One of the greatest attributes of EXAIR products is their ability to stay in operation for years on end without any maintenance. With no moving parts to wear out, there really is little-to-no upkeep required. So, when we receive notice from a customer that an EXAIR product is not working properly, we most always seek to establish the pressure, volume, and quality of the compressed air supply. By examining these three variables, we can usually pinpoint the source of the performance discrepancy.
I had an exercise in this routine a few days ago with a Reversible Drum Vac (RDV). The RDV had arrived at EXAIR after the customer noticed a drop in performance. The RDV went from operating normally to gradually loosing strong vacuum when vacuuming liquids out of a coolant sump.
The end user and I discussed the air supply pressure, line size, and available volume of compressed air to operate the RDV which all seemed to be in order. Compressed air supply pressure was 80 PSIG, they were using the EXAIR supplied (properly sized for the product) compressed air hose, and the unit had functioned in this exact setup for some time, so we were confident in the ability of the compressed air system to supply adequate volume.
In most cases, when an RDV gradually loses vacuum, or experiences a change in performance without a change in application parameters, contaminants from the compressed air system can be found inside of the RDV. And, that is exactly what happened here.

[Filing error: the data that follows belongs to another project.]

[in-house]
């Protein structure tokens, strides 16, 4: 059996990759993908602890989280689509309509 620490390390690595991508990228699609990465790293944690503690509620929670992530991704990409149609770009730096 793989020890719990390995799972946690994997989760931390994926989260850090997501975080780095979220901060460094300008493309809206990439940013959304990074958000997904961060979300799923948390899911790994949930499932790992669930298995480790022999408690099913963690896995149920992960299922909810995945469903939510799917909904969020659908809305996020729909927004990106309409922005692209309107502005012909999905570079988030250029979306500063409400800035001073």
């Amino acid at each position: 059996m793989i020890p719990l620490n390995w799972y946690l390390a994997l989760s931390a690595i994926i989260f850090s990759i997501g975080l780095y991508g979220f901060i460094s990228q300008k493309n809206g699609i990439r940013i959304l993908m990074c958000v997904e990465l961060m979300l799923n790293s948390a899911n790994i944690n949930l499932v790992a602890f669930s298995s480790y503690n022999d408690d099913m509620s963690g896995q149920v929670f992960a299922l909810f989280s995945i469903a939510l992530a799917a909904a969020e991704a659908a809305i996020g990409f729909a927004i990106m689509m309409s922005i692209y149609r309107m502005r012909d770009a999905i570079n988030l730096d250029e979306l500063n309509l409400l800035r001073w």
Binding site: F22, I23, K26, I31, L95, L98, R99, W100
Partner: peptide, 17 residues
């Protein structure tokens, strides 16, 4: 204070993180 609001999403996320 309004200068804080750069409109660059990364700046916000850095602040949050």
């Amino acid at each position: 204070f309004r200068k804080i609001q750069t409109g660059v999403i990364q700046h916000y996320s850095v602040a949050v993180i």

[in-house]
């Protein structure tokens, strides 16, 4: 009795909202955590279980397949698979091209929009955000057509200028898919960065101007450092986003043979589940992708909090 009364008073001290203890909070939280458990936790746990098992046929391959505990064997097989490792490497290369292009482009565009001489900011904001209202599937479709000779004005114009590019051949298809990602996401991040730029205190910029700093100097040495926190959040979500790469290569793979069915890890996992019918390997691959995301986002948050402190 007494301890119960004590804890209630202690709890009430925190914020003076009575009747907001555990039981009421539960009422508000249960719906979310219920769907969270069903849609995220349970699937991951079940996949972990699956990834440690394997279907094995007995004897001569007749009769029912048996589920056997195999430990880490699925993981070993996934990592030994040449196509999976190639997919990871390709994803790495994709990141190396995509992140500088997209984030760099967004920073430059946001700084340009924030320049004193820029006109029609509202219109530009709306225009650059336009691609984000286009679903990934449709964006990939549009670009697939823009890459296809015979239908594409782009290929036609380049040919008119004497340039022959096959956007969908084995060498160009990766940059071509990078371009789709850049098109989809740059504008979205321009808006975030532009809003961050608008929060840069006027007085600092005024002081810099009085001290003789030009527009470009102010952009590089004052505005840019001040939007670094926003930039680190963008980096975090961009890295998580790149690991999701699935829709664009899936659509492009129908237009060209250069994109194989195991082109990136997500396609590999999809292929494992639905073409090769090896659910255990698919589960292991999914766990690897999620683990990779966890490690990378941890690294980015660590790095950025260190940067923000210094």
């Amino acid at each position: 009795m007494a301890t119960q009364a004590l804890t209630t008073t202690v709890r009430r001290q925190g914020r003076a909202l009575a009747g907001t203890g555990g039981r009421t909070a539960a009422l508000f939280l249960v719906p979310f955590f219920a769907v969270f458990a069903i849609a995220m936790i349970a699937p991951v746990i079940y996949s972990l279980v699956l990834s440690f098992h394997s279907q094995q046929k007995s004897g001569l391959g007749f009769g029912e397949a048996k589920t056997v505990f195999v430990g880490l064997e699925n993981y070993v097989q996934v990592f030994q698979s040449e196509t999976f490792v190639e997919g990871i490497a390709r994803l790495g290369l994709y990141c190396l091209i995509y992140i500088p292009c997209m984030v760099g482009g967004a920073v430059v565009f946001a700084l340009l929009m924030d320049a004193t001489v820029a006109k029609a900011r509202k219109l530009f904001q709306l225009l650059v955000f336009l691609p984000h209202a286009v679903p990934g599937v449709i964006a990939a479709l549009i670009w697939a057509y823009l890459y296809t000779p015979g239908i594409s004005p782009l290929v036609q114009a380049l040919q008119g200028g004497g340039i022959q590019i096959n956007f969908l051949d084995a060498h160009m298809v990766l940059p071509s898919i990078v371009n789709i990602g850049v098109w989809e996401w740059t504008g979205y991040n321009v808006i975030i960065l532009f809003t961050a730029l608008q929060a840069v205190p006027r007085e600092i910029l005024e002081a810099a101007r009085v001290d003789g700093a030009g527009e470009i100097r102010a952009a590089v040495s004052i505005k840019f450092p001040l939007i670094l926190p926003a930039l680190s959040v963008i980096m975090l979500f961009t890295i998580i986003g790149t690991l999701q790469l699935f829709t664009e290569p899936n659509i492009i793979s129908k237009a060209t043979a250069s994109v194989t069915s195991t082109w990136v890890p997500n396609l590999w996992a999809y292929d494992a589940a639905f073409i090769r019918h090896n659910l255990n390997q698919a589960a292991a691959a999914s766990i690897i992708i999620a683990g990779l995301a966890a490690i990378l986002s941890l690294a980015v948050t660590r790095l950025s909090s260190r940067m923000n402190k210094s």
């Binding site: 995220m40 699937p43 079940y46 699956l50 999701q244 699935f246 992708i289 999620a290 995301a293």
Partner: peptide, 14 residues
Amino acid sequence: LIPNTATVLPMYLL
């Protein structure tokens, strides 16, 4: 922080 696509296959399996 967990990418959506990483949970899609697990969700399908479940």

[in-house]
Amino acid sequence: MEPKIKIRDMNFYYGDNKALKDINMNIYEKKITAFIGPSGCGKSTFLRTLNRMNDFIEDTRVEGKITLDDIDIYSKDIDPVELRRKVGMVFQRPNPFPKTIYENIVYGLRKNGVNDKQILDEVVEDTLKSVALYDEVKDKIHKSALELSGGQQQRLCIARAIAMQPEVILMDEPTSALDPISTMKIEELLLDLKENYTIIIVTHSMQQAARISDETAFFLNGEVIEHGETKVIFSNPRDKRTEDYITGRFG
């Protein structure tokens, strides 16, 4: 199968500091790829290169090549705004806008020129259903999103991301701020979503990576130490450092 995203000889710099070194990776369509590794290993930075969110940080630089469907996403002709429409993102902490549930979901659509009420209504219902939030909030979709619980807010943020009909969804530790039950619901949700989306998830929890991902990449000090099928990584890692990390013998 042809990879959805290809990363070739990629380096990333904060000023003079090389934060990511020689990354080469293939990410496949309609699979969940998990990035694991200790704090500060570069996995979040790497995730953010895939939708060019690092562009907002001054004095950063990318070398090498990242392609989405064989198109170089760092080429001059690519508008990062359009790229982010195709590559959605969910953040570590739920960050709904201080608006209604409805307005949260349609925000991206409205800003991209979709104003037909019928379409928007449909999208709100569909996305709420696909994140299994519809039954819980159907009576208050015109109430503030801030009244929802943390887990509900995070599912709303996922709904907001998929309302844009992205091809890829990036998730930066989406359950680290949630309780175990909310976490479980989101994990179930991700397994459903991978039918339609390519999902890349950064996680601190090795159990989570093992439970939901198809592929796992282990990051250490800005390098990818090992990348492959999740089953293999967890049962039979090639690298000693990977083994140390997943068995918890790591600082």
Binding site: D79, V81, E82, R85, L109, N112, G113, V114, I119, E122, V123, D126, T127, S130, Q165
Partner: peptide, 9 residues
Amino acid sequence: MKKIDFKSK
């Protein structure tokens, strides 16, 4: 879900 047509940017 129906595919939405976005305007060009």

I first tested the RDV for vacuum level and flow, both of which were low. When I disassembled the RDV I noticed what looked like rust on all surfaces which are in contact with the compressed air stream (photo above).
Then, I peered into the body of the drum vac and saw the root of the problem – dirt and rust from the compressed air system had accumulated within the RDV, restricting compressed air flow and causing the decay in performance.
After a quick cleaning of the RDV, performance was perfect and the RDV was ready to go back into operation. The end user and I discussed my findings along with proper air filtration to prevent a similar occurrence in the future. They were glad to know their RDV was in working order, and we were both glad to confirm the root cause. With a new filter separator installed at the compressed air line feeding this RDV, trouble-free and maintenance-free performance can be expected for a long time to come.
If you have a similar application need, or think an EXAIR solution may benefit your process, contact an EXAIR Application Engineer.